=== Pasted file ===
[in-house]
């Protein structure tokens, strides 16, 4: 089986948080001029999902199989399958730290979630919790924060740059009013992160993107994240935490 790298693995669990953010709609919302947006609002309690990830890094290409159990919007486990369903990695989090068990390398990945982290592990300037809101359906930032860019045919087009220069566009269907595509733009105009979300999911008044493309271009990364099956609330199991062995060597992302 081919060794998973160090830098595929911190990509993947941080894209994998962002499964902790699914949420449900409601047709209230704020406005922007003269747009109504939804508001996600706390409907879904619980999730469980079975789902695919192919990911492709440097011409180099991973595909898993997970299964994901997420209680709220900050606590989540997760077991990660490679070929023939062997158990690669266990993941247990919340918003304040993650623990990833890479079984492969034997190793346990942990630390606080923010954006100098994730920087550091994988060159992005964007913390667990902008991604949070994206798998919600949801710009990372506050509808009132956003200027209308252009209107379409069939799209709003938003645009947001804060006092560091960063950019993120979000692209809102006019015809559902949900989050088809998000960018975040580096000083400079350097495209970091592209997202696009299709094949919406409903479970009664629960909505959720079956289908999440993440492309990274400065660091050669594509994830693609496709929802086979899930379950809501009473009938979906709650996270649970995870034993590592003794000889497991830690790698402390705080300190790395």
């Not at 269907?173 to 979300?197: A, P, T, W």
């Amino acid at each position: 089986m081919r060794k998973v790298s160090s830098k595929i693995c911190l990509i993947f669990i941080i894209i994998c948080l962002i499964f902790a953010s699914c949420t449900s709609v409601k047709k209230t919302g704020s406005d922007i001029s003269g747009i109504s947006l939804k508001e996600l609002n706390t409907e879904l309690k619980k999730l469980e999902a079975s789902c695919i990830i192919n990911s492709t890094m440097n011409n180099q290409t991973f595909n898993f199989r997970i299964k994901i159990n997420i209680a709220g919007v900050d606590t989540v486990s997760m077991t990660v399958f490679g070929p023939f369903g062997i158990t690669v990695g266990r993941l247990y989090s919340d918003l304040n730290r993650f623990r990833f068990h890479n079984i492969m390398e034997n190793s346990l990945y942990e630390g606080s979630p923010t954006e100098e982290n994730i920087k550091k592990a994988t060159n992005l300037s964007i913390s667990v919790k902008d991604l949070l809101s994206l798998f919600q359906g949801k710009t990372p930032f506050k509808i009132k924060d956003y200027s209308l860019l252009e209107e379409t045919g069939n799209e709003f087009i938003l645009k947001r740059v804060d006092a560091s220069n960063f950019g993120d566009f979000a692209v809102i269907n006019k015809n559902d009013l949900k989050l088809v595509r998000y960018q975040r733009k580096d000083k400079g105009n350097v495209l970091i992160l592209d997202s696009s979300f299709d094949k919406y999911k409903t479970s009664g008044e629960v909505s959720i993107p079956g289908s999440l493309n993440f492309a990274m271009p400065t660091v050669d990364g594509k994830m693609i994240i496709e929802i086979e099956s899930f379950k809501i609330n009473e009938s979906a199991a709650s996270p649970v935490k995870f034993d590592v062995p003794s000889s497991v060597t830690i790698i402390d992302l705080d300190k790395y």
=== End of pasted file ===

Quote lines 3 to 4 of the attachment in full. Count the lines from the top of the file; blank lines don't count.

């Not at 269907?173 to 979300?197: A, P, T, W």
């Amino acid at each position: 089986m081919r060794k998973v790298s160090s830098k595929i693995c911190l990509i993947f669990i941080i894209i994998c948080l962002i499964f902790a953010s699914c949420t449900s709609v409601k047709k209230t919302g704020s406005d922007i001029s003269g747009i109504s947006l939804k508001e996600l609002n706390t409907e879904l309690k619980k999730l469980e999902a079975s789902c695919i990830i192919n990911s492709t890094m440097n011409n180099q290409t991973f595909n898993f199989r997970i299964k994901i159990n997420i209680a709220g919007v900050d606590t989540v486990s997760m077991t990660v399958f490679g070929p023939f369903g062997i158990t690669v990695g266990r993941l247990y989090s919340d918003l304040n730290r993650f623990r990833f068990h890479n079984i492969m390398e034997n190793s346990l990945y942990e630390g606080s979630p923010t954006e100098e982290n994730i920087k550091k592990a994988t060159n992005l300037s964007i913390s667990v919790k902008d991604l949070l809101s994206l798998f919600q359906g949801k710009t990372p930032f506050k509808i009132k924060d956003y200027s209308l860019l252009e209107e379409t045919g069939n799209e709003f087009i938003l645009k947001r740059v804060d006092a560091s220069n960063f950019g993120d566009f979000a692209v809102i269907n006019k015809n559902d009013l949900k989050l088809v595509r998000y960018q975040r733009k580096d000083k400079g105009n350097v495209l970091i992160l592209d997202s696009s979300f299709d094949k919406y999911k409903t479970s009664g008044e629960v909505s959720i993107p079956g289908s999440l493309n993440f492309a990274m271009p400065t660091v050669d990364g594509k994830m693609i994240i496709e929802i086979e099956s899930f379950k809501i609330n009473e009938s979906a199991a709650s996270p649970v935490k995870f034993d590592v062995p003794s000889s497991v060597t830690i790698i402390d992302l705080d300190k790395y």